Exercise in a pill: New compound mimics the physical boost of exercise

Researchers have developed compounds that mimic the benefits of exercise in rodent cells, potentially offering new treatments for muscle atrophy and diseases such as heart failure and Alzheimer’s.

New compounds that mimic the effects of exercise could treat muscle atrophy and neurodegenerative diseases, with promising research results presented at ACS Spring 2024.

Doctors have long prescribed exercise to improve and protect health. In the future, a pill may offer some of the same benefits as exercise. Now, researchers report on new compounds that appear to be able to mimic the physical boost of exercise, at least inside rodent cells. This discovery could lead to a new way to treat muscle atrophy and other medical conditions in people, such as heart failure and neurodegenerative diseases.

Presentation of results at ACS Spring 2024

The researchers presented their results at the spring meeting of the American Chemical Society (ACS). ACS Spring 2024 is a hybrid meeting held virtually and in person from March 17 to 21; includes nearly 12,000 presentations on a variety of scientific topics.

“We cannot replace exercise; Exercise is important at all levels,” says Bahaa Elgendy, principal investigator of the project presenting the work at the meeting. “If I can exercise, I should go ahead and do physical activity. But there are many cases where a replacement is needed.”


Bahaa Elgendy understands that some people may be too busy or too lazy to exercise. So his team is looking to mimic the benefits of exercise using a pill. The new therapeutics could also help people facing muscle loss due to disease or aging.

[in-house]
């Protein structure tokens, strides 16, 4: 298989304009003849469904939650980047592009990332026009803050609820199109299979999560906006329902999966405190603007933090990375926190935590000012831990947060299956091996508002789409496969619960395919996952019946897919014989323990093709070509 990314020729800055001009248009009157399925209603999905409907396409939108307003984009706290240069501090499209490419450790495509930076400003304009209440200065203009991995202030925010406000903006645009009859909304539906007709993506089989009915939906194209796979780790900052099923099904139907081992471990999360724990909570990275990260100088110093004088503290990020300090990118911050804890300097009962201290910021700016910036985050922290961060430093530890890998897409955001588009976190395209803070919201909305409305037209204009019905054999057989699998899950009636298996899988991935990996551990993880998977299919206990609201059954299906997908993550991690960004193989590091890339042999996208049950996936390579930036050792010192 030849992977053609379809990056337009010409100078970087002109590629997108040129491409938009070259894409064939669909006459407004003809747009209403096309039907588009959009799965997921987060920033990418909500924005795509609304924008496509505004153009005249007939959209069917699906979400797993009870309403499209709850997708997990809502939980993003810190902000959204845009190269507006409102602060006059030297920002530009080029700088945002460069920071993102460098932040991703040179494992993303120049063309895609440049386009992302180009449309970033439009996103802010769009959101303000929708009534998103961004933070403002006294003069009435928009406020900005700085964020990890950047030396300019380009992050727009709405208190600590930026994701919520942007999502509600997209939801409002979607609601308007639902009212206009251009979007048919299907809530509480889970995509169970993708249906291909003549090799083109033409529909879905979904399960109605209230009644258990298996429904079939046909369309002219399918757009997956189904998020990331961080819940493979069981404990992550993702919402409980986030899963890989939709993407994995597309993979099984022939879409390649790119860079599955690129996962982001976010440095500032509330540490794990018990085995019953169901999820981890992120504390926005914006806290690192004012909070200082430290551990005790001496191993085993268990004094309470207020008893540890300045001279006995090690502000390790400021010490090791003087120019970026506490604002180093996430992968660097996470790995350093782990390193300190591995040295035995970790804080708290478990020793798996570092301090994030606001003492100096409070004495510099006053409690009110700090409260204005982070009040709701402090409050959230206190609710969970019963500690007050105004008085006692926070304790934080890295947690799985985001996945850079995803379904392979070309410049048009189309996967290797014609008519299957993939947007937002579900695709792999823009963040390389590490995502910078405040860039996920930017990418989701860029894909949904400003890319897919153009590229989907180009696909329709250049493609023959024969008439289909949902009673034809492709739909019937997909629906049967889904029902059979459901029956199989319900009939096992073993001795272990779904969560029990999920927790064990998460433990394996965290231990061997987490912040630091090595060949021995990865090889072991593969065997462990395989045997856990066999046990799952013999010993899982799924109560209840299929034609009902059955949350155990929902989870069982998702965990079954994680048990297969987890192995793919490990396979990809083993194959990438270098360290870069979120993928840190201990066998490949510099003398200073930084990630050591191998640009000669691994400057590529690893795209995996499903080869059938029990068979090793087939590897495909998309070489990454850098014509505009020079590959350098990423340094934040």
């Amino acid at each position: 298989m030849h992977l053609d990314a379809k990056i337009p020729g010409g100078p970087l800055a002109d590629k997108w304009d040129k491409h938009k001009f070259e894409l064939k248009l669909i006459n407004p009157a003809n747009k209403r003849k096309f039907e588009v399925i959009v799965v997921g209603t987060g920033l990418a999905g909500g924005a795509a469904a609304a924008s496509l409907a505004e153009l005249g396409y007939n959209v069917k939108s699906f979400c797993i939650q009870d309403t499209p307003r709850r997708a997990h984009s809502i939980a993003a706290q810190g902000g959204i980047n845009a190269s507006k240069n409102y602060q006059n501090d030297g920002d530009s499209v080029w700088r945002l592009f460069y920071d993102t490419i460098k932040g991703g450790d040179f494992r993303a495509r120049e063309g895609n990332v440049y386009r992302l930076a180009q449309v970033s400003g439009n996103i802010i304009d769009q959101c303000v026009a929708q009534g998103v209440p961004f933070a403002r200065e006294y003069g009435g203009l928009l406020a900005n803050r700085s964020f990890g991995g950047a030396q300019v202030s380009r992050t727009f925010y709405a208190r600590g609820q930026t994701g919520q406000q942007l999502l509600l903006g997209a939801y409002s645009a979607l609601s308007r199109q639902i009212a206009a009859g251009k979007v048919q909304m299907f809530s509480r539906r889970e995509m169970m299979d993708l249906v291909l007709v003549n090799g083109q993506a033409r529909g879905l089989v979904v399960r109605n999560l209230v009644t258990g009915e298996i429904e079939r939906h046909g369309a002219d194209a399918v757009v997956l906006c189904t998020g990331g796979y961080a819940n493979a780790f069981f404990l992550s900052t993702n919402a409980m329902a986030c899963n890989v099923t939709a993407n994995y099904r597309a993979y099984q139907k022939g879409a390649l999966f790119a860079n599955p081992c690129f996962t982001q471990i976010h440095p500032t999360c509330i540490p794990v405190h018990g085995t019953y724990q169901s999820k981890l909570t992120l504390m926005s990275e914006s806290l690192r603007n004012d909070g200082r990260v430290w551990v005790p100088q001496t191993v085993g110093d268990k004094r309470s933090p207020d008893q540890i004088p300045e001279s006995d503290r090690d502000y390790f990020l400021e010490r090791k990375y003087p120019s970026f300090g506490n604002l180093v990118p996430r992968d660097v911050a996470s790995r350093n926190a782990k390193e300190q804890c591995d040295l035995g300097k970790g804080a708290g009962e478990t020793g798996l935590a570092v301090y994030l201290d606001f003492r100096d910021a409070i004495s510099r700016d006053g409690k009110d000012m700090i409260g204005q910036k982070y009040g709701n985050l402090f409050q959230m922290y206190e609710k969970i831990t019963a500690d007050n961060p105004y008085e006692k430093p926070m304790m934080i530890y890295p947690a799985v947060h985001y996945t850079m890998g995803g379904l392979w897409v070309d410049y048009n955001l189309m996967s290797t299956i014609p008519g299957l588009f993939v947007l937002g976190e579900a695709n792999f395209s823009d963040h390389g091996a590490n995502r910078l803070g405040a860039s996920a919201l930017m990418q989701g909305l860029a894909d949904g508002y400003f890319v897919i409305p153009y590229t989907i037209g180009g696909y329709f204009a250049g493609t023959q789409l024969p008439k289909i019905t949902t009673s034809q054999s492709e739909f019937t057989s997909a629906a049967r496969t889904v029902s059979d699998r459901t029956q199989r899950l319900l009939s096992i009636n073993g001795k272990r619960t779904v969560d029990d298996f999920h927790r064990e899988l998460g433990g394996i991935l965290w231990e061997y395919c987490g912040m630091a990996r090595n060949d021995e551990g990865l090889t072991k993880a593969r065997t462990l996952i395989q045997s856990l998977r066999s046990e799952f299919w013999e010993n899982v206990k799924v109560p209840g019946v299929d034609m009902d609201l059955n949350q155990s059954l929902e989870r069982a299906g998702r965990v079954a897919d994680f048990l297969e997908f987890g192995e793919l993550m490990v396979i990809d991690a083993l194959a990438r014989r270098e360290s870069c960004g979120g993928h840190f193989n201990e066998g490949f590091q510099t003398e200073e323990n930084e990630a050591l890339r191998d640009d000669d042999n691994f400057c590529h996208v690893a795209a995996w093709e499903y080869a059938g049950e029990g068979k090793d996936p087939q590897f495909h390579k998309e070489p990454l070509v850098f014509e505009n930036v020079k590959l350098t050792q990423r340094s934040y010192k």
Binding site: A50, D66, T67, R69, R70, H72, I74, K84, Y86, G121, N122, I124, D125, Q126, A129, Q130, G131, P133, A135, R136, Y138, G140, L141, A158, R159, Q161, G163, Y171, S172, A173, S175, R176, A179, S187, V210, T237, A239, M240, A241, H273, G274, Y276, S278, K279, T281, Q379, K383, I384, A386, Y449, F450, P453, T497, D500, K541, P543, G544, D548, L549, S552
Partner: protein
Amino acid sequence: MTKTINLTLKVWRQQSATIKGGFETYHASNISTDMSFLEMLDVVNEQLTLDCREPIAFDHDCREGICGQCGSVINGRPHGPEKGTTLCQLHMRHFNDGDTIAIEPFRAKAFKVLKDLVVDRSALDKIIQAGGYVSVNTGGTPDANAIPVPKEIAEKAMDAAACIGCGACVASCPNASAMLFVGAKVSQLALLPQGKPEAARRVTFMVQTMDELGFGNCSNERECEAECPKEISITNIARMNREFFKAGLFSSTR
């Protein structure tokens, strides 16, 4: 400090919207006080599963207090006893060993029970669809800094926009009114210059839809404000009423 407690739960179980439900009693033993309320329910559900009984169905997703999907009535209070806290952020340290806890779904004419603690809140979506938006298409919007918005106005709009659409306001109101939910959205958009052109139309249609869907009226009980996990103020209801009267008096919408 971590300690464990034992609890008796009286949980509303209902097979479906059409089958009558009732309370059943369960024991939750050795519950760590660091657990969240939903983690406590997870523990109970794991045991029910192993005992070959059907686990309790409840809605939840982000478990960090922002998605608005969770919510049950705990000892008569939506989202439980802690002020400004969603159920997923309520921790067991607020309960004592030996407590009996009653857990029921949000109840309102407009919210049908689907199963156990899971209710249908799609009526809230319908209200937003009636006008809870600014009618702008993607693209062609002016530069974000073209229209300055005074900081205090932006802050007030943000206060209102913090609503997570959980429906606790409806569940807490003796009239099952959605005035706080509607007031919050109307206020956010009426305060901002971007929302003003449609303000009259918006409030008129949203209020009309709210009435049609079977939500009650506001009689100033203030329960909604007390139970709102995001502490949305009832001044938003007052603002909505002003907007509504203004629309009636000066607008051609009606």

Potential of the drug that mimics exercise

Exercise benefits the mind as well as the body. In this case, Elgendy, a professor of anesthesiology at the Washington University School of Medicine in St. Louis, and his colleagues hope to recapitulate its powerful physical effects, namely the ability of exercise to improve metabolism and muscle cell growth, along with muscle improvement. performance

A drug that could mimic these effects could offset muscle atrophy and weakness that can occur as people age or are affected by cancer, certain genetic conditions or other reasons that make them unable to perform regular physical activity. It could also counteract the effects of other drugs, such as new weight-loss drugs that cause the loss of both fat and muscle, according to Elgendy.

Development of the compound SLU-PP-332

The metabolic changes associated with exercise are initiated by the activation of specialized proteins known as estrogen-related receptors (ERRs), which come in three forms: ERRα, ERRβ, and ERRγ. After a decade of work, Elgendy and his colleagues developed a compound called SLU-PP-332, which activates all three forms, including the most difficult target, ERRα. This type of ERR regulates adaptation to exercise-induced stress and other important physiological processes in muscle. In experiments with mice, the team found that this compound increased a type of fatigue-resistant muscle fiber while improving the animals’ endurance when they ran on a treadmill with rodents.

To identify SLU-PP-332, the researchers examined the structure of ERRs and how they bind to the molecules that activate them. Then, to improve their discovery and develop variations that could be patented, Elgendy and his team designed new molecules to strengthen the interaction with the receptors and thus elicit a stronger response than what SLU-PP-332 can provide. In developing the new compounds, the team also optimized the molecules for other desirable characteristics, such as stability and low toxicity potential.